With all the health benefits associated with olive oil, it’s easy to overlook olives themselves. But they, too, serve up antioxidant and anti-inflammatory compounds plus add zest to any dish. 

Among the important nutrients in ­olives are oleic acid, a monounsaturated omega-9 fatty acid that helps raise HDL “good” cholesterol and helps eliminate plaque in the arteries, and strong disease fighters called phenols. Oleuropein, its main phenol, is extremely bitter, so most olives are processed, or cured, in one of several ways to “de-bitter” them. 

Curing Determines Taste

Olive labels generally do not indicate the curing method, but the approach used definitely affects the flavor. 

Lye-cured. Most canned black ­olives on supermarket shelves are made using a diluted lye bath followed by washing or soaking in water. Lye removes more phenols than other methods and so produces the mildest flavor. You may hear “lye” and think “toxic,” but it is thoroughly washed out and poses no danger. Lye-cured olive to try: The Italian Castelvetrano, which has more taste than most lye-cured olives. 

Brine-cured. Sometimes called ­Sicilian style, brined olives are fermented in a salt-and-­water solution, similar to sauerkraut and pickles. With some olives, such as the Greek ­Kalamata, this often is followed with a red-wine vinegar brine for deeper flavor. “Spanish-style” curing uses lye and then brine, as with the Italian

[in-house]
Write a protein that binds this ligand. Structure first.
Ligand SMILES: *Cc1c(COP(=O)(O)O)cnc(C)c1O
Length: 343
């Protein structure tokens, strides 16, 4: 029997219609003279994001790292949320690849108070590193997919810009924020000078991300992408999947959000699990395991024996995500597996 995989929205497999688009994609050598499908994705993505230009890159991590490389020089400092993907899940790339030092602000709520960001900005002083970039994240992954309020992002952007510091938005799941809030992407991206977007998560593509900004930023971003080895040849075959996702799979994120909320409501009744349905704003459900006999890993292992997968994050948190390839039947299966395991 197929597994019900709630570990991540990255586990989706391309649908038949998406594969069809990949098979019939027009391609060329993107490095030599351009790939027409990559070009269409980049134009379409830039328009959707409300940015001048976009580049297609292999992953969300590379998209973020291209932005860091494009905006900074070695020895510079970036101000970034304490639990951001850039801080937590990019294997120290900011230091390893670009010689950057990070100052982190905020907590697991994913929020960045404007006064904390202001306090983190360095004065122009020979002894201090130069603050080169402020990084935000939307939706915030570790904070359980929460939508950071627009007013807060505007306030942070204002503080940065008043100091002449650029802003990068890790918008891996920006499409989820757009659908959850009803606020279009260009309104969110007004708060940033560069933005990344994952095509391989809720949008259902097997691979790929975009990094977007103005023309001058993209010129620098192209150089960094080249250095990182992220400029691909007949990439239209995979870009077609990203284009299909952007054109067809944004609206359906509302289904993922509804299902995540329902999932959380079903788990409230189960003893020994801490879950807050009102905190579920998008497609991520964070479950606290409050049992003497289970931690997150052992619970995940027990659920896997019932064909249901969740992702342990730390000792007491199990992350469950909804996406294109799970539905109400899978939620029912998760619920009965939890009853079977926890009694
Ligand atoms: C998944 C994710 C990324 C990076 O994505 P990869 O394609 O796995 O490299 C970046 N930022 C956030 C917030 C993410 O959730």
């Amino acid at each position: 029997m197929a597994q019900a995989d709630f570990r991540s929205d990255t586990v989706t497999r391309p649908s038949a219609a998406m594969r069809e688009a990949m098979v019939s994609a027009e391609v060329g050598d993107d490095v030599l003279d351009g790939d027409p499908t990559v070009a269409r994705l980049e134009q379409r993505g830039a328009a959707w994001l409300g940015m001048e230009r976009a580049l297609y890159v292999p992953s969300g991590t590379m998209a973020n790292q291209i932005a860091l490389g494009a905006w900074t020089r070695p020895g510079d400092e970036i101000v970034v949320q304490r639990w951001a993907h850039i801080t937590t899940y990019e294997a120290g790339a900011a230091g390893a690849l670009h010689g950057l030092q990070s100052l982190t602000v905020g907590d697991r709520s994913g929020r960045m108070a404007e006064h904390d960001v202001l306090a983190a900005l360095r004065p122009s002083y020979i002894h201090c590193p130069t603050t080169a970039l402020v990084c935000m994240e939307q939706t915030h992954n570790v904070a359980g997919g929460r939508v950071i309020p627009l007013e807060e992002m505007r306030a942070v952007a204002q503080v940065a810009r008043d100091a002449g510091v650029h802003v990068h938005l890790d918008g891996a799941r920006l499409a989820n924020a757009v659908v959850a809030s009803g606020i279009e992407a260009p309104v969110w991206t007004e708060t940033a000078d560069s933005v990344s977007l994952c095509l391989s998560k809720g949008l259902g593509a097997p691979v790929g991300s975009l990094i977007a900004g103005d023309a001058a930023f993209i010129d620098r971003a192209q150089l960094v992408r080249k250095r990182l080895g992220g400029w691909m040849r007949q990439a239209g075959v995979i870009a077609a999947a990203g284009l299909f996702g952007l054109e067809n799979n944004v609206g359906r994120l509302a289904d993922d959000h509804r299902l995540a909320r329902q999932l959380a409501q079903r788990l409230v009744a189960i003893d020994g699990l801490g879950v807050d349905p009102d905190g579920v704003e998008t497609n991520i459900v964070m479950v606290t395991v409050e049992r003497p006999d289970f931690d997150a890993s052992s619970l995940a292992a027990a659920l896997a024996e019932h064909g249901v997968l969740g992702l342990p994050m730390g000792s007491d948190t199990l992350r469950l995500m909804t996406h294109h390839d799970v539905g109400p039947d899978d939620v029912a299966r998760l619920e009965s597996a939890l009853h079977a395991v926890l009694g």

Salt-cured. Olives dry-cured in salt, such as Throuba Thassos from Greece and Beldi from Morocco, retain the greatest amount of phenol compounds and have the most intense flavor.

 Finding New Favorites

Sample both mild and pungent olives by buying small amounts of different varieties from the olive bar at a local supermarket or gourmet shop. You also can find many jarred choices online.

Imported olives come primarily from Mediterranean countries, but a number of varieties are grown in ­California—farms including McEvoy Ranch and Penna Olives sell direct. Penna and Chaffin Family Orchards even sell fresh raw olives online in the fall that you can cure yourself. The UC Davis Olive Center has an online olive guide at ANRCatalog.ucanr.edu/pdf/8267.pdf

Experiment with olives in cooking. Add chopped olives to tuna, egg, ­pasta and grain-based salads and whole olives to any green salad. The secrets to a true Greek salad are using Kalamata olives and chunks from a fresh slab of feta cheese (not packaged crumbles) and assembling it just as you’re ready to eat.

For a tasty accompaniment for grilled fish or chicken, make olive tapenade, a purée easily done in a food processor.

Chunky olive salad, used in the classic Muffaletta sandwich, is a rough chop of olives, pickled vegetables and spices, and on its own makes a great alternative to salsa.

As an ingredient in recipes, olives add complex flavor to Mediterranean dishes, from Moroccan tagines to Italian sauces such as puttanesca. 

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